Heretofore, it has been difficult and expensive to maintain constant vigilance in keeping certain critical body function activities of patients under proper surveillance.

SUMMARY OF THE INVENTION AND OBJECTS ln general, the present invention provides a system and method for monitoring body function activities comprising means for transducing manifestations of the body function activity to be monitored. The transducing of these manifestatons provides electric signals representative of each of the individual monitored activites. A transient storage means simultaneously receives and stores the signals respectively in individual active storage registers for a predetermined period of time sufficient to permit the body function activity to be properly monitored and evaluated. Scanning means disposed remote from display means located in each of the patients rooms serves to read out the respective storage registers into the display means.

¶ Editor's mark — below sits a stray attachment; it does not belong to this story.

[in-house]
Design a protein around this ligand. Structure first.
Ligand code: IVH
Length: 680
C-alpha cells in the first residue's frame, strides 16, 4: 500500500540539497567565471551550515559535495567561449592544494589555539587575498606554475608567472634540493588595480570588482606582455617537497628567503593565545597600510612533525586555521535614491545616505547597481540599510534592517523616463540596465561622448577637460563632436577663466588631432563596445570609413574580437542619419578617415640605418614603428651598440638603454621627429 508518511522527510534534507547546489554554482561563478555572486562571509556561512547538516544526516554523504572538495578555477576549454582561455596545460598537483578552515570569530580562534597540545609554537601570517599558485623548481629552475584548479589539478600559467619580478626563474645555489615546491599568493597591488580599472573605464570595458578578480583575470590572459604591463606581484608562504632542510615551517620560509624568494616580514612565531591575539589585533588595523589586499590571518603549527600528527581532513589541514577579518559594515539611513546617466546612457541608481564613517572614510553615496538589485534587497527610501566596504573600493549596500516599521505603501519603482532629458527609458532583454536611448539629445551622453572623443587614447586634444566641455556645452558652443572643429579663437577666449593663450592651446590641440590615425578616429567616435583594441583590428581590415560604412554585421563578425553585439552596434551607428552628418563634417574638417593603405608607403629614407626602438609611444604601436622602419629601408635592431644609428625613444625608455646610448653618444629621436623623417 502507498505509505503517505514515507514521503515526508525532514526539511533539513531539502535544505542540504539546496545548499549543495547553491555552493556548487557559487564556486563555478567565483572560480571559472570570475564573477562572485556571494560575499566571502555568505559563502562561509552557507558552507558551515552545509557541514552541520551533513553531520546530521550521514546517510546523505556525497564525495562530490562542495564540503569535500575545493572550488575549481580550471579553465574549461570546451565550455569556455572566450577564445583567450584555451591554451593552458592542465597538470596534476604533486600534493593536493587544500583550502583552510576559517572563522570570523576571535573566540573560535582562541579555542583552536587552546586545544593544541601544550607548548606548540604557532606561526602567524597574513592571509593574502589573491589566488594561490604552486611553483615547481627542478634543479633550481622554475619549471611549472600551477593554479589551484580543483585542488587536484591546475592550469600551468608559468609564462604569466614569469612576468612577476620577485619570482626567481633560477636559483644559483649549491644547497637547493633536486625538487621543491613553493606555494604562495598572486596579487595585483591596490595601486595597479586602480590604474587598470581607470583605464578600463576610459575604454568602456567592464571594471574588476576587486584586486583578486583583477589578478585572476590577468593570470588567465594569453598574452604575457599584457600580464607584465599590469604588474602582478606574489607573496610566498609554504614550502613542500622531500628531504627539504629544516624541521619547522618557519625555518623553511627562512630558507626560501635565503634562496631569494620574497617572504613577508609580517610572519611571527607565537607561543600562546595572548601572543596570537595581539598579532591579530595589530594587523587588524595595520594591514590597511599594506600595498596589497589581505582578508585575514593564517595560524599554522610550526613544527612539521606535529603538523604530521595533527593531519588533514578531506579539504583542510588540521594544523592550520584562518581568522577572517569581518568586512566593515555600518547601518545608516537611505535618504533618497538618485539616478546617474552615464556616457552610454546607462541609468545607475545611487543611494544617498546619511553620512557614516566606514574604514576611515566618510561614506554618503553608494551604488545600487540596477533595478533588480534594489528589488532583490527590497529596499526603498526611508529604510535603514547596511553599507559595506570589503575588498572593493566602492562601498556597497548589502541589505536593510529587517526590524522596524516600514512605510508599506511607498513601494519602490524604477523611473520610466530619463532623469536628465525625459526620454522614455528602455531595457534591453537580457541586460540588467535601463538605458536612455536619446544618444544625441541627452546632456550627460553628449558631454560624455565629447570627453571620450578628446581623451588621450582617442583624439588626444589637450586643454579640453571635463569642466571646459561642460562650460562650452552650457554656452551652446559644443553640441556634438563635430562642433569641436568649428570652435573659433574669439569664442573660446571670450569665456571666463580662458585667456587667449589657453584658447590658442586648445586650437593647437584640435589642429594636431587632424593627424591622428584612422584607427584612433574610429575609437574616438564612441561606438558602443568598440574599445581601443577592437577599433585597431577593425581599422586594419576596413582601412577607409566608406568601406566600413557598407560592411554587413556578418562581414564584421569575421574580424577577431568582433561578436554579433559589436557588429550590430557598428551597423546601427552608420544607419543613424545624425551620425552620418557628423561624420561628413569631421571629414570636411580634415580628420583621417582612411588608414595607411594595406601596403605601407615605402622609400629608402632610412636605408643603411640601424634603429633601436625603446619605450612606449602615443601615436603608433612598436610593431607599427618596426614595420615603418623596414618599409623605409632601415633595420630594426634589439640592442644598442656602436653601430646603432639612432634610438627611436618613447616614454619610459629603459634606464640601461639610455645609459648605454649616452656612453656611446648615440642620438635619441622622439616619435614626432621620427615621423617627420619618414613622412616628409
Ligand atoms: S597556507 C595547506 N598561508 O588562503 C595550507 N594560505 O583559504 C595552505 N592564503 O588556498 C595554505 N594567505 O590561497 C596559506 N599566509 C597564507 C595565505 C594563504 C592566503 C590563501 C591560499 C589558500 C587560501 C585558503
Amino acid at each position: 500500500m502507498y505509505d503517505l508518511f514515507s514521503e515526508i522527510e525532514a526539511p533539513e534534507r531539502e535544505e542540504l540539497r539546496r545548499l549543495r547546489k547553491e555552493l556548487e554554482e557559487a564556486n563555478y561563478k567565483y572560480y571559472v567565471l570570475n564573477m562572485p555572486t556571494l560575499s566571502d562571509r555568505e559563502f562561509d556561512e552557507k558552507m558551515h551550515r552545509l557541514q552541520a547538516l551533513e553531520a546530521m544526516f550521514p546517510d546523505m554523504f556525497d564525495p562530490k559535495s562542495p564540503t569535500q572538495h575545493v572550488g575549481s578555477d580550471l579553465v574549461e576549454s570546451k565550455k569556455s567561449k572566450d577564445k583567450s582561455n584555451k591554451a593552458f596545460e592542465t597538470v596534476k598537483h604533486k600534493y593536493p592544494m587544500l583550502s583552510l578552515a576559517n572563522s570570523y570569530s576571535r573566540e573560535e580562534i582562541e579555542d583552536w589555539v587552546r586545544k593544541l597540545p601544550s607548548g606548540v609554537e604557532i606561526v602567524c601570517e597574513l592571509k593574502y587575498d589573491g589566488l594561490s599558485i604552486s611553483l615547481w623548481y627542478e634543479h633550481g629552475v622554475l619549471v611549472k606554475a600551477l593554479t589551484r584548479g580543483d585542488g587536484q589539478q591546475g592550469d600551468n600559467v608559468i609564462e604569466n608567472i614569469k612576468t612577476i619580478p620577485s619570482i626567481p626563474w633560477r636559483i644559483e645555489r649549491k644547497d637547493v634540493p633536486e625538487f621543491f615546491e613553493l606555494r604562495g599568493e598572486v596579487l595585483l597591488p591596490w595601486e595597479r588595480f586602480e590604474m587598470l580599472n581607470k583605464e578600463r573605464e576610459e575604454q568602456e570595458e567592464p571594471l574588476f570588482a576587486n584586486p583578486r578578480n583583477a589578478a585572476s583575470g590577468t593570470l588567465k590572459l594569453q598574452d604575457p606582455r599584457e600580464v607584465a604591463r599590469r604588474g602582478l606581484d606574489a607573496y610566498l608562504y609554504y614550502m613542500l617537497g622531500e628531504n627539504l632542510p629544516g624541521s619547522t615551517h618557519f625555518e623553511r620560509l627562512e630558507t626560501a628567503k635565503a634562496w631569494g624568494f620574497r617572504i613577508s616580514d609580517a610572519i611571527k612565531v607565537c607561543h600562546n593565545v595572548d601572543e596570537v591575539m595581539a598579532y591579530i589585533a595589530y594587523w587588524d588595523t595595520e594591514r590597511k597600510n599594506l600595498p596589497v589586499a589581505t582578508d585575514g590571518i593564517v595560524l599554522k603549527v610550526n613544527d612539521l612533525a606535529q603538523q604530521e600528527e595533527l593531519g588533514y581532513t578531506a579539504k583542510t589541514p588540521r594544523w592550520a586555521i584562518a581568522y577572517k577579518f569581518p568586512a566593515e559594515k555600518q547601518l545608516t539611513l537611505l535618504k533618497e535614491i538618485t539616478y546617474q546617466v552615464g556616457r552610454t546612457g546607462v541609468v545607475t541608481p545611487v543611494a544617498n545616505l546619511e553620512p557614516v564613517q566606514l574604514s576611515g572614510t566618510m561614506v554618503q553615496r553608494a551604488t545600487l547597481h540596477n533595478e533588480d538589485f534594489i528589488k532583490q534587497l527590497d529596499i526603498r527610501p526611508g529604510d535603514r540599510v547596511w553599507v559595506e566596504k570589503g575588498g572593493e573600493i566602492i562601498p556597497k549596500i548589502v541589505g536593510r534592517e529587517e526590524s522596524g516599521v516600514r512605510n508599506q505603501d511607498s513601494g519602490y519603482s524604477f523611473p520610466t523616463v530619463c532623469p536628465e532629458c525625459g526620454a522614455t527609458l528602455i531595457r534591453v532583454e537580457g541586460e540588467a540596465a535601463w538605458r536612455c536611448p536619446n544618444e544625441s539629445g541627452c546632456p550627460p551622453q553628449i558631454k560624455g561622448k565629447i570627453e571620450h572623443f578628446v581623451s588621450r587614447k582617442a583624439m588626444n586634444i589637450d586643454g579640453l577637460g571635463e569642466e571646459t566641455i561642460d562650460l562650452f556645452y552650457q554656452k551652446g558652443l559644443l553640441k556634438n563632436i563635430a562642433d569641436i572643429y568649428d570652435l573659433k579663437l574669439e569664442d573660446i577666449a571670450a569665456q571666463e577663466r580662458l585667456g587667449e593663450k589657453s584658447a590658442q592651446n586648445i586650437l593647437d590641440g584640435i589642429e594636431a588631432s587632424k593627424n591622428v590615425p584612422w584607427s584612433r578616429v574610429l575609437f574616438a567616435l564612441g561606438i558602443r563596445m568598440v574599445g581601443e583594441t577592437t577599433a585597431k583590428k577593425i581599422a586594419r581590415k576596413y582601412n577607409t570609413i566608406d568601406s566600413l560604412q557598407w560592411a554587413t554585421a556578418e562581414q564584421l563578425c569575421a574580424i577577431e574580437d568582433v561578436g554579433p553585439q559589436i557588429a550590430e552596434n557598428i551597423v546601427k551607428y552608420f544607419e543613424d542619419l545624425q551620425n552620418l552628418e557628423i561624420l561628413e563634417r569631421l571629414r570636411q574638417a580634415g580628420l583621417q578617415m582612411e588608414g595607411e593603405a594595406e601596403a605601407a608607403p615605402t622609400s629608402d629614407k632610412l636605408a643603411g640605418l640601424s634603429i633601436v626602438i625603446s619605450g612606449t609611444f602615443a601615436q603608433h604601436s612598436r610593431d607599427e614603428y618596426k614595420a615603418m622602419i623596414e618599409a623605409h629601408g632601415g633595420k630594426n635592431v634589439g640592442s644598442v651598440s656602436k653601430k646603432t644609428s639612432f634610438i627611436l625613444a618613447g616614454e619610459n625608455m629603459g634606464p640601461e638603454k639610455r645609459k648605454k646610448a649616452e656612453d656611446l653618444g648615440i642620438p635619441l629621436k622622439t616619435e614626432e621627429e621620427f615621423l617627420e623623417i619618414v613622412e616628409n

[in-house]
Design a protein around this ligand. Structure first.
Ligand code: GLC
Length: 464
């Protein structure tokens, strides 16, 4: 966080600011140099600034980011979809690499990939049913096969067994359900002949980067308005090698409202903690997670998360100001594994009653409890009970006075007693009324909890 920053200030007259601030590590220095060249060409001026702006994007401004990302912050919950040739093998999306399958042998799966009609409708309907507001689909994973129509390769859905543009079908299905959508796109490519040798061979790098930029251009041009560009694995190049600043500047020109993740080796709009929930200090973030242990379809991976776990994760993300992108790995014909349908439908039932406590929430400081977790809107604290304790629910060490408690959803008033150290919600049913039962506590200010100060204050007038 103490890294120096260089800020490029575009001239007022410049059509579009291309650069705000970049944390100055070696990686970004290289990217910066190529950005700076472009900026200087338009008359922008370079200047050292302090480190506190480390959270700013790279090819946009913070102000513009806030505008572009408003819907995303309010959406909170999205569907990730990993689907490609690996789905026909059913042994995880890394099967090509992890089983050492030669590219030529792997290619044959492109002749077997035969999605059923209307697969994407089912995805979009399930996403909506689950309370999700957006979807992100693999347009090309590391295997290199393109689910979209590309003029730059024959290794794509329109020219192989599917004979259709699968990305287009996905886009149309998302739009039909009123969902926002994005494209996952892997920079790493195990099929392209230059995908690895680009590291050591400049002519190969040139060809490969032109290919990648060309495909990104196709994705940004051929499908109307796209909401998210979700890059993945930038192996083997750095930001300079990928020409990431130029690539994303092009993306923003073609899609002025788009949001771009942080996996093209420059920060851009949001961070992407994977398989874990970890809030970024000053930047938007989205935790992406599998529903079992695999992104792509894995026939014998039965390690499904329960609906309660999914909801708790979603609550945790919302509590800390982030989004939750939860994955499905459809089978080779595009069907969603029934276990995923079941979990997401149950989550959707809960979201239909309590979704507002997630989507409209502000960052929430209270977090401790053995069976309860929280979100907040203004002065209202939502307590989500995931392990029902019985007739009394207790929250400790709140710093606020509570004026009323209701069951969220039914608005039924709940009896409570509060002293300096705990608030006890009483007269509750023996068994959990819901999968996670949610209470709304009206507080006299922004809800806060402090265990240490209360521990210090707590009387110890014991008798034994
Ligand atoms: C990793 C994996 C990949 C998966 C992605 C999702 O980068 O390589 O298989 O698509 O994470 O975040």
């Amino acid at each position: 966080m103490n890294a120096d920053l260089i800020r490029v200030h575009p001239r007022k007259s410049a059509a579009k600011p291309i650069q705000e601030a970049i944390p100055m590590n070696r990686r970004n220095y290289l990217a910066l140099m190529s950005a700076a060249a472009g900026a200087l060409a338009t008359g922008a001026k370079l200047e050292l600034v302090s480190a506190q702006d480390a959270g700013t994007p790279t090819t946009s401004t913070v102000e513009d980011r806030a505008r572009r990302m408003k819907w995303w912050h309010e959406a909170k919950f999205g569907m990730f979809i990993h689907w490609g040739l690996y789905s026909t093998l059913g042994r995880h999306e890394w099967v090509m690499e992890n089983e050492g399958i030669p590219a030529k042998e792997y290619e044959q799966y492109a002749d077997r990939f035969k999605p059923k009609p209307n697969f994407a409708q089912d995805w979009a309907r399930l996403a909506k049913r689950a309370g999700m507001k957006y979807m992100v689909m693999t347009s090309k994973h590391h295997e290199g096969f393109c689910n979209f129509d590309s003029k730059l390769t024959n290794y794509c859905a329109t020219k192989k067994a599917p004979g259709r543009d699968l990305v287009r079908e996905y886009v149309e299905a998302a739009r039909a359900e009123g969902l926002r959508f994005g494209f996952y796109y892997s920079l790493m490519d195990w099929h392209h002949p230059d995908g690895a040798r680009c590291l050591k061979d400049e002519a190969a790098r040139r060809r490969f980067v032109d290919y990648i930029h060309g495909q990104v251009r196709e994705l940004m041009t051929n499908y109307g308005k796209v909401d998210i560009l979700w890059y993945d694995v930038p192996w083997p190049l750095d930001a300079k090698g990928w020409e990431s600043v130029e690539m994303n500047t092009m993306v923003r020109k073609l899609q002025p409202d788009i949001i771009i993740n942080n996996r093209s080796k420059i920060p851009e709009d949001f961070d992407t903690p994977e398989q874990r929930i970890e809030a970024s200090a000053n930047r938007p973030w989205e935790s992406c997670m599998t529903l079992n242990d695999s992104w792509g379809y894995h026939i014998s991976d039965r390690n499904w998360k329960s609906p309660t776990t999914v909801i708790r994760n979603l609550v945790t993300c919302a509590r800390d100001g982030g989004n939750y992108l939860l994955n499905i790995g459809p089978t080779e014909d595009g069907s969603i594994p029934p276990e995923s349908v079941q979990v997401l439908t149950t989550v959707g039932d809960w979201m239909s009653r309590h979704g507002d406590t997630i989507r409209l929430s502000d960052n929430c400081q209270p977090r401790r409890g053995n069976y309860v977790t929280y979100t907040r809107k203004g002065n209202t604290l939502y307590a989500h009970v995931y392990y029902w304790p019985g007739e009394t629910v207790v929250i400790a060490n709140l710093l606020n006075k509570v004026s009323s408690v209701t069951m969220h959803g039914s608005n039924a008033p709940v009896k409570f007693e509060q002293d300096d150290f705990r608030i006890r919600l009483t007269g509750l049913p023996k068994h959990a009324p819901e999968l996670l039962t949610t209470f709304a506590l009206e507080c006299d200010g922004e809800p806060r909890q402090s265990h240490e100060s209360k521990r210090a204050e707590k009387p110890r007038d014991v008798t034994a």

ln general, it is an object of the invention to provide an improved monitoring system and method for maintaining proper surveillance of body function activities.

BRIEF DESCRIPTION OF THE DRAWING The single FIGURE of the drawing shows a schematic diagram of a system according to the invention herein.

DESCRIPTION OF THE PREFERRED EMBODIMENT Means for transducing manifestations of a given body function activity, such as cardiac conditions in a number of patients located variously in a hospital, are provided which serve to provide electric signals representative of the cardiac activity for each patient individually.